Brexit Conservatives European Union Politics

Should Our Elected Representatives Reject the Lords’ Brexit-in-Name-Only Proposals?

The House of Lords have proposed 15 amendments to the EU Withdrawal Bill. How will MPs respond?

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John Scotting

Co-Editor of Naked Politics

 

Unless you’ve been living under a rock for the last few years, it won’t have escaped your attention that those troublesome Tories are trying to pull a fast one. They’ve dispensed with their old paternalistic ways and are now hell-bent on giving people exactly what they voted for…The Bastards! – as John Major is fond of saying.

Not to worry, EU-fans. The dream of distancing yourself from power by ceding sovereignty to a supranational federation may not be over.  Much like the EU, our own democratic system contains features that enable our exulted leaders to completely ignore ridiculous ‘populist’ ideals like carrying out ‘the will of the people’. While it is true that a few MPs in marginal constituencies must go through the indignity of pretending that their constituents’ opinions matter a jot, our lesser-of-two-evils electoral system ensures that many are in ‘safe seats’, so needn’t bother. In addition to that fail-safe, whenever us pesky plebs compel lawmakers to vote in accordance with our views rather than prioritising their own interests, they can always fall back on the unelected revising chamber to amend the salient details – ‘Thank the Lords’ they don’t have to pander to anything so frivolous as public opinion!

Unfortunately for the MPs that are still hoping to hoodwink the electorate by delivering BRINO (Brexit in name only) while pretending to “respect the referendum result”, the Lords can’t let them off the hook entirely. Their power is limited to suggesting amendments, leaving MPs with the responsibility of making the final decision under the scrutiny of their electors.

Of the fifteen proposed legislative changes, most are insubstantial, but a few have serious implications. Among the most noteworthy is a clause insisting that remaining in the European Economic Area (EEA) should be adopted as a negotiating aim. This is unlikely to gain enough support from Labour MPs though, as it would mean retaining ‘free movement of people’, which is a red line for many Brexit-backing Labour voters. Another concerns the Irish border and precludes any change to the arrangements. The government want to limit that to physical infrastructure; a more reasonable position that is likely to receive broad support.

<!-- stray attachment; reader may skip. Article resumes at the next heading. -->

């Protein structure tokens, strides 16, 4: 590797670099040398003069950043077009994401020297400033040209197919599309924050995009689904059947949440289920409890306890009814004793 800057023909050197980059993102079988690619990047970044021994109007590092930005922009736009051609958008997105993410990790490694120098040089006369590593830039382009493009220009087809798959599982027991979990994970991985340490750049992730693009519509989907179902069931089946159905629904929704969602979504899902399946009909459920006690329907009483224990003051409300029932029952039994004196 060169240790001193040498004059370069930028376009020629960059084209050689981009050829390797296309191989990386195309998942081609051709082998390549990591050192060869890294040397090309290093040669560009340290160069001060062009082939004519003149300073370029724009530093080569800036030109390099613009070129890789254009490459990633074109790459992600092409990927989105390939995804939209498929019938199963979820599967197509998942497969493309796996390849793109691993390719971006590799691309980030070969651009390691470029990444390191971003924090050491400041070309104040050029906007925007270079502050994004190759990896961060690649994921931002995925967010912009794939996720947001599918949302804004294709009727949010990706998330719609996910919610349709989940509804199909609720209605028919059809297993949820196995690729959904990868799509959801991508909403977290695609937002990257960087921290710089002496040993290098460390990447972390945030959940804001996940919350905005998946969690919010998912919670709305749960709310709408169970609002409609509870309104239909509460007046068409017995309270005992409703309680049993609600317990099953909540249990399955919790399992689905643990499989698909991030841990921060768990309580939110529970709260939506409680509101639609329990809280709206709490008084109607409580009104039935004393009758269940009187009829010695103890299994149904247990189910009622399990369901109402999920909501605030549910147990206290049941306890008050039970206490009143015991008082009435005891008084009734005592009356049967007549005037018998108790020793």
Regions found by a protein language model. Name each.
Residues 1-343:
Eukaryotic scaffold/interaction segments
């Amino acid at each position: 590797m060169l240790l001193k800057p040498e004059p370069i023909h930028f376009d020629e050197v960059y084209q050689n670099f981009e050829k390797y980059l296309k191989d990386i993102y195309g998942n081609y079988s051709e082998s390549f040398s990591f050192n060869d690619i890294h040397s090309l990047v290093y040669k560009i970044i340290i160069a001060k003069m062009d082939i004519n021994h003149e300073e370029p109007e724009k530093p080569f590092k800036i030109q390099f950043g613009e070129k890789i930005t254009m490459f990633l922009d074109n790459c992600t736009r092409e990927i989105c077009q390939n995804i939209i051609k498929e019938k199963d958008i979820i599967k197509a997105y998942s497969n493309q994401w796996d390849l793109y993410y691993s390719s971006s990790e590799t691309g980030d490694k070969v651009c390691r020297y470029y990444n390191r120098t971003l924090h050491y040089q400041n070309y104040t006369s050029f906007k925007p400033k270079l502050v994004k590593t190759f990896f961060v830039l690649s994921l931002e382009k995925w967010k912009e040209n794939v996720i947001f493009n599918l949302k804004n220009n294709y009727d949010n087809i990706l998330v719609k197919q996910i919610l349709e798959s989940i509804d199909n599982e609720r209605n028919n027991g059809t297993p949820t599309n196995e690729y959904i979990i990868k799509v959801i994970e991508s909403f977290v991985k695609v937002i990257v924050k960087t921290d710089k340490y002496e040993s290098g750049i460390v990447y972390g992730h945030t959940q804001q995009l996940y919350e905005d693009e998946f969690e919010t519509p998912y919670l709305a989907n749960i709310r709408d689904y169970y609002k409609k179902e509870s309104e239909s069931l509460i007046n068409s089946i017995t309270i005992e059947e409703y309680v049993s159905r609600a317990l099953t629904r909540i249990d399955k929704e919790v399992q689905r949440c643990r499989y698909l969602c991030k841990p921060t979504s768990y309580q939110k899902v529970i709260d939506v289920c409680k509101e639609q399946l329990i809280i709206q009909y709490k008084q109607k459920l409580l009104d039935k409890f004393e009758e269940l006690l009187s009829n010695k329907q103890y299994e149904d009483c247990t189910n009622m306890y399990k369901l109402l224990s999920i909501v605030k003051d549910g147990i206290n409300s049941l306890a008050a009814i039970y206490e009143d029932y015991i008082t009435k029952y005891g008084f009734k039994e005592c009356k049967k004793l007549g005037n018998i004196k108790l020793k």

Two potentially significant amendments do have a chance of being accepted though…

Amendment One prevents the government from leaving the EU before presenting plans to keep us in a customs union. Despite that removing our ability to ‘take back control’ of our international trading relationships – a central tenet of the Leave vote – Labour MPs across both Remain and Leave-backing constituencies are likely to support this. Fearing a revolt from their most ardently Europhile backbenchers, Ministers are urging all Conservative MPs to vote on the amendments “in a way that reflects both the referendum result and the manifesto that they stood on just last year”.

Perhaps the most important proposal though is Amendment 19, which aims to enhance the ‘meaningful vote’ that MPs will cast once the final deal is agreed. It would tie the government into following “any direction” that is approved by a Commons resolution, throwing open the possibility of another plebiscite or simply overturning the result of the first. The government is understandably resistant, but will they be able to garner enough support from MPs? Having squandered her majority, Theresa may but Theresa may not.

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These proposals form part of a concerted effort to thwart Brexit by severely weakening our negotiating position and engendering a worst-of-all-worlds outcome that would be rejected in a “people’s vote” – a euphemism for re-running the referendum that is about as well-disguised as Superman in a pair of thick-rimmed glasses and a Fedora hat.

Unelected Peers clearly hold the electorate in contempt and regret David Cameron’s decision to open Pandora’s box by calling a referendum in the first place. The dissenting hoi polloi should only be roused every five years, with their choices strictly limited to a take-it-or-leave-it package deal; vote red for free hugs and economic collapse, vote blue for a cold robotic PM being constantly undermined by a clown-like foreign secretary. If the great unwashed feel disenfranchised by that; good! They should get back to watching Love Island and looking forward to the World Cup. Politics was never supposed to be this interactive. But now we’ve had a taste for it, and experience such a wide array of choices in every other aspect of our lives, can they ever put that genie back in the bottle? I sincerely hope not!

 

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